TAU to switch entirely to sustainable electricity within two years
University’s Green Campus Committee will use new report to formulate practical plans to reduce emissionsSupport Tel Aviv University
In a first among Israeli academic institutions, the Green Campus Committee at Tel Aviv University (TAU) has released an external, comprehensive, and objective report that inspected and assessed all campus greenhouse gas emissions (both direct and indirect) as part of initial steps in a ten-year plan for reaching carbon neutrality.
The report was prepared by the company “EcoTraders” according to the GHG Protocol, the global standardized framework used to measure greenhouse gas emissions.
The comprehensive report includes details on all campus facilities that are owned and operated by the University, including the Broshim and Einstein student dormitories. The carbon footprint of the University’s suppliers was also assessed, from electricity consumption on campus, to transportation and construction inputs, to the food served at conferences and cafeterias. The report was conducted using the University’s 2019 emissions data as a baseline year reference (before the outbreak of the COVID-19 pandemic, which disrupted many activities, resulting in a temporary reduction in emissions).
“We are working to make sure that in two years all of the electricity produced on campus will be green,” said Gady Frank, TAU’s Director-General. “Currently, we have more than 5000 meters of photovoltaic cells, and our goal is to triple their amount on campus rooftops. In addition, we will install storage facilities, which will drastically increase the yield of these solar cells. The rest of the energy would be bought from private suppliers specializing in producing energy solely from green sources.”
“Tel Aviv University has decided to do its modest part to reduce greenhouse gas emissions, which is crucial for addressing the climate crisis,” Professor Ariel Porat, President of TAU and Chairman of its Green Campus Committee, continued. “We intend to formulate a methodical and detailed 10-year plan, with the goal of attaining carbon neutrality further down the road. Our hope is to inspire other institutions in Israel and around the world to take similar actions, which, in addition, help educate the next generations about this important subject.”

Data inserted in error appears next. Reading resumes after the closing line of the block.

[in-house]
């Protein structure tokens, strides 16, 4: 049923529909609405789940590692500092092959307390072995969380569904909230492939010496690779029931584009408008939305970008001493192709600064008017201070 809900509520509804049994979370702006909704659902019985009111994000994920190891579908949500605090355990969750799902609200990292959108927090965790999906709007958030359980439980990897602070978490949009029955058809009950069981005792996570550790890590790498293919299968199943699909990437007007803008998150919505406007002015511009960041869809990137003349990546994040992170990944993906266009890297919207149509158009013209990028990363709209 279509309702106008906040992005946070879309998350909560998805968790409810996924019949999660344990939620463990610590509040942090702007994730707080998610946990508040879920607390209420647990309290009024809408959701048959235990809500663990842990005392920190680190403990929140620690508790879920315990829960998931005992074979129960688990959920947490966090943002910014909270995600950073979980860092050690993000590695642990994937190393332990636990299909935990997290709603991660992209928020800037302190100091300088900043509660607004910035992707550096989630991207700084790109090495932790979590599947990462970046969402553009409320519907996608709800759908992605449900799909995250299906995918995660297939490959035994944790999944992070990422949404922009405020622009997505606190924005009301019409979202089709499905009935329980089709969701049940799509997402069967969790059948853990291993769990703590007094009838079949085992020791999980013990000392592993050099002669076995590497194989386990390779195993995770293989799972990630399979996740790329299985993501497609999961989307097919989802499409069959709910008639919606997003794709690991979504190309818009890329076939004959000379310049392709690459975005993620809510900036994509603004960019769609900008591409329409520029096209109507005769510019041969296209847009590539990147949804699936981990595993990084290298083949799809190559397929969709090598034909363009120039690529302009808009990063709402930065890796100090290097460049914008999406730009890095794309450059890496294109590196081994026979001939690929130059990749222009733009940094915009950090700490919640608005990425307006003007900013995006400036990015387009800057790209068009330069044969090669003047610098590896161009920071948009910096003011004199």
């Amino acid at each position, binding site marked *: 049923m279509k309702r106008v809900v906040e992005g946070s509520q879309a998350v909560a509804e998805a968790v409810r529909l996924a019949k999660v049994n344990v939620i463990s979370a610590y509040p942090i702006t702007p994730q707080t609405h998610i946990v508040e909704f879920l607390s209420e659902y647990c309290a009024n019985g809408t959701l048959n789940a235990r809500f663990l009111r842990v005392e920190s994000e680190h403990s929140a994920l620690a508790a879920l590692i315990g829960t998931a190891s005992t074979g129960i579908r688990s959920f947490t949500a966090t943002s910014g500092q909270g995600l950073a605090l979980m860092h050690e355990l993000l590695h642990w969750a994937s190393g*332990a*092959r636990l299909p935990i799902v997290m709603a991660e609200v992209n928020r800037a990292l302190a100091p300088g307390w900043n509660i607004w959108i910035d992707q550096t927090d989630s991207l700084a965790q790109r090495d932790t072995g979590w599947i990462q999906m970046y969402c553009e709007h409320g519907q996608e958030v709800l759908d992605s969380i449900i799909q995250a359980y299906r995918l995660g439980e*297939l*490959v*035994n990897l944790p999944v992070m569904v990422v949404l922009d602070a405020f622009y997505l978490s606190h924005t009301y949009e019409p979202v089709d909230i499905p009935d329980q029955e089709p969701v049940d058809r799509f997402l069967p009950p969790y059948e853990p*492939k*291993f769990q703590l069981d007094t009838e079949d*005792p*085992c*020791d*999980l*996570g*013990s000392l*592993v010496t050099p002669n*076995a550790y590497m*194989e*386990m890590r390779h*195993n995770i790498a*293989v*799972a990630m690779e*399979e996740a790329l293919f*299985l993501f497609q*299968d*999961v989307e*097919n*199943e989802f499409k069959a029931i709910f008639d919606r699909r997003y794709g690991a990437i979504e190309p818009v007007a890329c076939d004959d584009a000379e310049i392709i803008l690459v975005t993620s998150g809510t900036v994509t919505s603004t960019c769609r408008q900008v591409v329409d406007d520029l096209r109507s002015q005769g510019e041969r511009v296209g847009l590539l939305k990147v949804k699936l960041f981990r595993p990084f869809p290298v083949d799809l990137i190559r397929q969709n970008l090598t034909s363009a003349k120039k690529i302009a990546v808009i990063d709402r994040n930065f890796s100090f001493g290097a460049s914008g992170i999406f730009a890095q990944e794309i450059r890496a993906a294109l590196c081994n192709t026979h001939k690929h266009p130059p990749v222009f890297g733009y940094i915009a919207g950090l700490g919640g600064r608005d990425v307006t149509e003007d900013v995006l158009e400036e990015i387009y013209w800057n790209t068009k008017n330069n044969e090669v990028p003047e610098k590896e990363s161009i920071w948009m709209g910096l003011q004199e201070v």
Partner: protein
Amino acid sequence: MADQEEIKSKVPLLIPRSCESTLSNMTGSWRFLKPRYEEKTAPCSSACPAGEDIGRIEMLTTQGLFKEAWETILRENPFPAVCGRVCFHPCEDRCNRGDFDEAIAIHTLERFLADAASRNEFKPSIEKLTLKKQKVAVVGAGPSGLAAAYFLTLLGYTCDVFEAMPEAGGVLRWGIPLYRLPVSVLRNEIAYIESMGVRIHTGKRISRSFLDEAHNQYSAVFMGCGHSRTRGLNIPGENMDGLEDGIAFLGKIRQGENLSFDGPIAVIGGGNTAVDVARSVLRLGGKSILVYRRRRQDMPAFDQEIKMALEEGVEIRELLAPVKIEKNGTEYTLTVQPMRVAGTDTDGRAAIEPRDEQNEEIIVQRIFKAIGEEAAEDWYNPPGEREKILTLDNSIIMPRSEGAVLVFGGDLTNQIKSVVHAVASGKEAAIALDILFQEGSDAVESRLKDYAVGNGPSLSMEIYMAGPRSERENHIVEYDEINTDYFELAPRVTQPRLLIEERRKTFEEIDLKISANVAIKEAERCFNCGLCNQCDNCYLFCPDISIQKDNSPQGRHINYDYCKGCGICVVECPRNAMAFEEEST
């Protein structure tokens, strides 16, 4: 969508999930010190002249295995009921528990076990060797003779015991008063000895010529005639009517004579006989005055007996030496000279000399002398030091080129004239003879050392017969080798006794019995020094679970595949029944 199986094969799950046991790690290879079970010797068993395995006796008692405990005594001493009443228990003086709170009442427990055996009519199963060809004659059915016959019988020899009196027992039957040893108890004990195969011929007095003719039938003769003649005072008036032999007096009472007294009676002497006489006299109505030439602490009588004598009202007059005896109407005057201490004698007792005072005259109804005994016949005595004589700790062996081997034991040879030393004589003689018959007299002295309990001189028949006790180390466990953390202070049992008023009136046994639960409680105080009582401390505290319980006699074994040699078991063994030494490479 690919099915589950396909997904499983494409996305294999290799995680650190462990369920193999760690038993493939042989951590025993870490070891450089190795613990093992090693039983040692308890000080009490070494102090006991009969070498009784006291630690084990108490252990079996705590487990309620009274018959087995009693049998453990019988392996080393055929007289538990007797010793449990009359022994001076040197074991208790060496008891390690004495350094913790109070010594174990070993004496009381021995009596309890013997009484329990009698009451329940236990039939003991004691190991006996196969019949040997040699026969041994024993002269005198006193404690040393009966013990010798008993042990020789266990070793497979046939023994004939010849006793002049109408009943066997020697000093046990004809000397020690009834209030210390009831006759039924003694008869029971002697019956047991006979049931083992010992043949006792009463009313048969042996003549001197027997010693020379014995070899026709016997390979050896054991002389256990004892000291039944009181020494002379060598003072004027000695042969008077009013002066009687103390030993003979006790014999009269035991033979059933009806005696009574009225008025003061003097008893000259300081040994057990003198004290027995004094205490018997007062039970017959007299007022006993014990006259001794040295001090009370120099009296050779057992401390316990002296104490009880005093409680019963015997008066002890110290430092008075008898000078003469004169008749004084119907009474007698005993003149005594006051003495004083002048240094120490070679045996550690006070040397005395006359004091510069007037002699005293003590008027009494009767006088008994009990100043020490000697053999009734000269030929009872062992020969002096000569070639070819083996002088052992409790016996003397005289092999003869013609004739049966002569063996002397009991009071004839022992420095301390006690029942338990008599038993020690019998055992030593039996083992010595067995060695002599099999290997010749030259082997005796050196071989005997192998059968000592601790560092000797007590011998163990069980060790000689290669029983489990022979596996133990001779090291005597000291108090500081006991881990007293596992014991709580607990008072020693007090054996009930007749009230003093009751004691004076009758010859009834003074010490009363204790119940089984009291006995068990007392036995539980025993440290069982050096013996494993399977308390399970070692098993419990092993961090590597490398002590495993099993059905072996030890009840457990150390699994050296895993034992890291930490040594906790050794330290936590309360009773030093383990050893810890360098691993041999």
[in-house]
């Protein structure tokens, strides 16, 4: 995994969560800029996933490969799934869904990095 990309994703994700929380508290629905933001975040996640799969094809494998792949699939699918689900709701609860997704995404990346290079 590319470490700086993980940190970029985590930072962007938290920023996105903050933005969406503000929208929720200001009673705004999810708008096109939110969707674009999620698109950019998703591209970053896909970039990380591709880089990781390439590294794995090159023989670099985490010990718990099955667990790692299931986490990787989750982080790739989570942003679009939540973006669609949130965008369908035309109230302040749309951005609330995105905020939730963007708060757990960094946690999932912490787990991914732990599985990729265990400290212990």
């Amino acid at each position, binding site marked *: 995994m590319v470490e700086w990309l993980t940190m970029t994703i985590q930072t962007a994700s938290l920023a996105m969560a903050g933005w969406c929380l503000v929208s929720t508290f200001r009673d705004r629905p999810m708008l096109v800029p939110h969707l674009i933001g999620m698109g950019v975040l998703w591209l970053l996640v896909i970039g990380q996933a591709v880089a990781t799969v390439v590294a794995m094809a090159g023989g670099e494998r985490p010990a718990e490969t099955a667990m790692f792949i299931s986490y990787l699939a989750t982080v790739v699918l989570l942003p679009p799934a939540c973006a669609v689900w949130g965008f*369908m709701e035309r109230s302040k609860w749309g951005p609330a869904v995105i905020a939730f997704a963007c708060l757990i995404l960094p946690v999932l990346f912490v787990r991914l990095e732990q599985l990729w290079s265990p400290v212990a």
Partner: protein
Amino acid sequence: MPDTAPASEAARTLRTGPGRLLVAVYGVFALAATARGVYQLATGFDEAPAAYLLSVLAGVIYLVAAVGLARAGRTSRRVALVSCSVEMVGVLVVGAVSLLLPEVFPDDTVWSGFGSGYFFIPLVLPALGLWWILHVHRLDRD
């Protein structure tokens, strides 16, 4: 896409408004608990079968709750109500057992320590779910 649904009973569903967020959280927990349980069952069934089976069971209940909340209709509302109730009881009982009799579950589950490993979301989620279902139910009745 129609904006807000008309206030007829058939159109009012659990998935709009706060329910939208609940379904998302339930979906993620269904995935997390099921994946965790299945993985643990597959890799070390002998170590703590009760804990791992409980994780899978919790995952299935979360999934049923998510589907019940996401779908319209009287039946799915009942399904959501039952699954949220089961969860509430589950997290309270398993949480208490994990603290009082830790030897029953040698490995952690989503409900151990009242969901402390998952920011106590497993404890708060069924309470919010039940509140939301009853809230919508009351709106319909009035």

About a year ago, the University’s Green Campus Committee, led by Professor Porat and Frank, appointed a team of academic and administrative experts to create a strategic plan with the goal of significantly reducing greenhouse gas emissions on campus by encouraging more efficient use of resources and investing in renewable energy.
The team of experts hired EcoTraders to perform a baseline assessment of the overall carbon footprint (in terms of CO2 equivalent) of all TAU activities, both on and off campus. The team includes Professor Marcelo Sternberg of TAU’s George S. Wise Faculty of Life Sciences and Head of the Expert Team; Dr. Vered Blass and Dr. Orli Ronen of TAU’s Porter School of the Environment and Earth Sciences; Professor Avi Kribus of TAU’s Fleischman Faculty of Engineering; Ofer Lugassi, TAU’s Deputy Director-General for Construction and Maintenance; and Alon Sapan, Director of The Steinhardt Museum of Natural History at TAU.
Now, with the publication of the report’s findings, the expert team is developing a practical plan to reduce the campus’s greenhouse gas emissions, which will be presented for comments and discussion within the Green Campus Committee and then submitted for approval by the University administration. TAU places great importance on taking action to reduce its carbon footprint, including using sustainable energy, recycling water and materials, limiting the use of paper, reducing emissions caused by transportation and flights, and introducing green purchasing procedures, with the goal of eventually attaining carbon neutrality.
“We set out on this mission about a year and a half ago, and decided that in order to lead real change on campus, we must conduct a thorough and comprehensive mapping of all of the University’s greenhouse gas emissions,” the team noted. “This is a complex process that required the enlistment of many parties on campus, who agreed for the first time to share with us, and the authors of the report, information that had not been made public until now. This is the first time that an Israeli university has taken this kind of action, and we are confident that other universities will follow in our footsteps.”